The Impact on Babies

From the Winter 2017 edition of Vanderbilt Medicine Magazine

There’s been a disproportionately greater increase in opioid use among pregnant women in rural versus urban counties, according to a December 2016 study in the journal JAMA Pediatrics. The study, authored by Stephen Patrick, M.D., a neonatologist at the Monroe Carell Jr. Children’s Hospital at Vanderbilt, and colleagues from across the country, focused on data between 2004 and 2013.

Rates of neonatal abstinence syndrome (NAS) among babies exposed to opioids in the womb also increased disproportionately in rural counties, they reported. NAS—essentially drug withdrawal—increases the risk of premature delivery or low birthweight, as well as seizures, respiratory distress and difficulty feeding.

The study highlights an urgent need, Patrick says, “to develop means to support rural hospitals, especially critical access hospitals, which are on the front lines in providing care for mothers and infants impacted by the opioid epidemic.”

In a previous study published in 2015, he and his colleagues found that the incidence of NAS and maternal opioid use increased nearly fivefold in the United States between 2000 and 2012.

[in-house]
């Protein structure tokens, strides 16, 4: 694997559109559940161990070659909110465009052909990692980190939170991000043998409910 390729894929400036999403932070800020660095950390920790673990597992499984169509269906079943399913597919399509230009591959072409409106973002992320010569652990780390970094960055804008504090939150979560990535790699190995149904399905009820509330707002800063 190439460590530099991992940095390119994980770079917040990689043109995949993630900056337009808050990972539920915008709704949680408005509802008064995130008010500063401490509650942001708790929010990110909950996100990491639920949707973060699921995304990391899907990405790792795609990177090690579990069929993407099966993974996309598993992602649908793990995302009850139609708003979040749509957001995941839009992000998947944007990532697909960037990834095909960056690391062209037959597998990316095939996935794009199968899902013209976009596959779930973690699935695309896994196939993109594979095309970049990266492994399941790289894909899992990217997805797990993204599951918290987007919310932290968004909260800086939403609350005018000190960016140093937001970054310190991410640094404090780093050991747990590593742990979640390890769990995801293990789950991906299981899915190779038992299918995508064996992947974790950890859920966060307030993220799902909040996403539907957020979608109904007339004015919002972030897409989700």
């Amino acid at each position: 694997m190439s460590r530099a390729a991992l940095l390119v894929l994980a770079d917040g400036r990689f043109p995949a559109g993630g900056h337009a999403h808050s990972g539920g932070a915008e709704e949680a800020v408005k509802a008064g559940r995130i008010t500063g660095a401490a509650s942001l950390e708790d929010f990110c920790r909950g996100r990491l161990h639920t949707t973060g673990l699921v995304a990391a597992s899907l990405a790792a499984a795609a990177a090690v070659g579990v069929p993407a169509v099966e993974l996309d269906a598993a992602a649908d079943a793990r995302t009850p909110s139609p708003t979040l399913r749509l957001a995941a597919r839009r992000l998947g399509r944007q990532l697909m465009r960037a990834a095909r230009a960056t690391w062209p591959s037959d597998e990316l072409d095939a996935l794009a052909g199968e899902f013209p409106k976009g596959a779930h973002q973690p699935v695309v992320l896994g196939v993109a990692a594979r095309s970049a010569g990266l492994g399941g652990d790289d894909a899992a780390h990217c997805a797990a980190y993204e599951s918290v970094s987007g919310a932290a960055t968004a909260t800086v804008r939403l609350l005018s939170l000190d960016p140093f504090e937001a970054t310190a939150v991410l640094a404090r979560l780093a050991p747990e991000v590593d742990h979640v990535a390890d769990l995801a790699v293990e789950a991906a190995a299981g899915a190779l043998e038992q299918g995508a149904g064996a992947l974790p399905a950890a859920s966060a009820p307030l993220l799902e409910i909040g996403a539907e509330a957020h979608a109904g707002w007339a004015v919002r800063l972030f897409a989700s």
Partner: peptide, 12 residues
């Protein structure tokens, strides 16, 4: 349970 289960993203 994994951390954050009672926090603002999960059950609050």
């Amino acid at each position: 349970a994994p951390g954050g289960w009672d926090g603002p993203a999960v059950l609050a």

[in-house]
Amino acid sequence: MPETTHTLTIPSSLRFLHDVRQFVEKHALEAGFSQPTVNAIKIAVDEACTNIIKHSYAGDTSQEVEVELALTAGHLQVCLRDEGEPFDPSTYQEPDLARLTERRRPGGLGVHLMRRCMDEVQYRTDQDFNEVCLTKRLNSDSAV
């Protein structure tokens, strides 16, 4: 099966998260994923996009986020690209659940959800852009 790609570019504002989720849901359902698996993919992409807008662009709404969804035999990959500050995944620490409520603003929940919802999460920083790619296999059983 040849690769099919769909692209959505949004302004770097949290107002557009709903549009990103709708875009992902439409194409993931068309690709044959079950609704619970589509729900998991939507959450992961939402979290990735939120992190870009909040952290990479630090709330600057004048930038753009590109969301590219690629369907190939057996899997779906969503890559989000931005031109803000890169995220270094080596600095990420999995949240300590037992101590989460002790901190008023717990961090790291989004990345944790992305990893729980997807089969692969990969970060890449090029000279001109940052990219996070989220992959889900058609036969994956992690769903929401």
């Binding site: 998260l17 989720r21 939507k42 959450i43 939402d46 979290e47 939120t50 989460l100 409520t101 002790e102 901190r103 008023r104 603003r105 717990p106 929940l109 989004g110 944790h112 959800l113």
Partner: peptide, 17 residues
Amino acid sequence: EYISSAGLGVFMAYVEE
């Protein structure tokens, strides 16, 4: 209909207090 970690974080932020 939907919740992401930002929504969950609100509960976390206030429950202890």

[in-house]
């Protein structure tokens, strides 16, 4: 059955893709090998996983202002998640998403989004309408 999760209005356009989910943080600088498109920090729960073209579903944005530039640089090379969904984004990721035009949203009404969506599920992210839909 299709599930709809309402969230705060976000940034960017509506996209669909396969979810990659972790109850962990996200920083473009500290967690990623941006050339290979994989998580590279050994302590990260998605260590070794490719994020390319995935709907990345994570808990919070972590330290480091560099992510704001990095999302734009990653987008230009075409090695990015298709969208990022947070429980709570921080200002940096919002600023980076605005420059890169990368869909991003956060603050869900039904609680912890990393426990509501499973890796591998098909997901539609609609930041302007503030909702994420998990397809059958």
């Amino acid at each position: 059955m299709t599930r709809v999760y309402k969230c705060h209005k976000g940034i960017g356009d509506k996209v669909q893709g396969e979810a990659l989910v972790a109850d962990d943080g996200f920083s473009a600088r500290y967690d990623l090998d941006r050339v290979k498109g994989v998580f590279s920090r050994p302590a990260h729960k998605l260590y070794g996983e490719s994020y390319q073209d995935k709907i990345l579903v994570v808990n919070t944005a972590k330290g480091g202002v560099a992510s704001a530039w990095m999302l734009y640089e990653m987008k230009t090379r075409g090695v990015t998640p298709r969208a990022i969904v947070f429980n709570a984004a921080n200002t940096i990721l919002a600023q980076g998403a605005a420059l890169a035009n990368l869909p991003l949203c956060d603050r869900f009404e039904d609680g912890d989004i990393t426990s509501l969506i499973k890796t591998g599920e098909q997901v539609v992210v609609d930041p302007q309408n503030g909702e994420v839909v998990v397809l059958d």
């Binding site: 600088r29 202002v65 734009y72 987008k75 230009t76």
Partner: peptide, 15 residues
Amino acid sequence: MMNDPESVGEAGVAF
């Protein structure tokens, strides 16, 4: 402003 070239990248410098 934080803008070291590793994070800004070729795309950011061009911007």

Tennessee, Kentucky, Mississippi and Alabama had some of the highest rates of NAS in the nation, exceeding in some cases 16 out of every 1,000 hospital births. In 2012, the cost of caring for these babies nationwide approached $1.5 billion, they reported.

“There are very few people in the United States like Dr. (Jessica) Young who are trained in obstetrics and also take care of pregnant women with opioid use disorder,” Patrick says.

“Nationwide, it appears we have obstetricians who are not comfortable treating addiction, and we have addiction medical specialists who are not always comfortable treating pregnant women,” he says. As a result, many patients are just “left out.”

The $1.5 billion spent annually on caring for babies with NAS exceeds the research budget of the National Institute of Child Health and Human Development, and is nearly a quarter of the total annual budget of the U.S. Centers for Disease Control and Prevention, he says.

“What if we put those dollars (spent treating babies with NAS) towards primary prevention and expansion of treatment?” he asks. “We might begin to see a difference there.”

Expanding health care services alone won’t solve the problem, Patrick cautions. Success will require research and understanding which systems of care and which policies are most effective at improving outcomes.

“This is a complicated epidemic,” he says. “It’s going to take a thoughtful response, thinking through some of the potential unintentional consequences for various interventions. We have to be persistent, we have to be compassionate and we have to be thoughtful about our approach going forward.”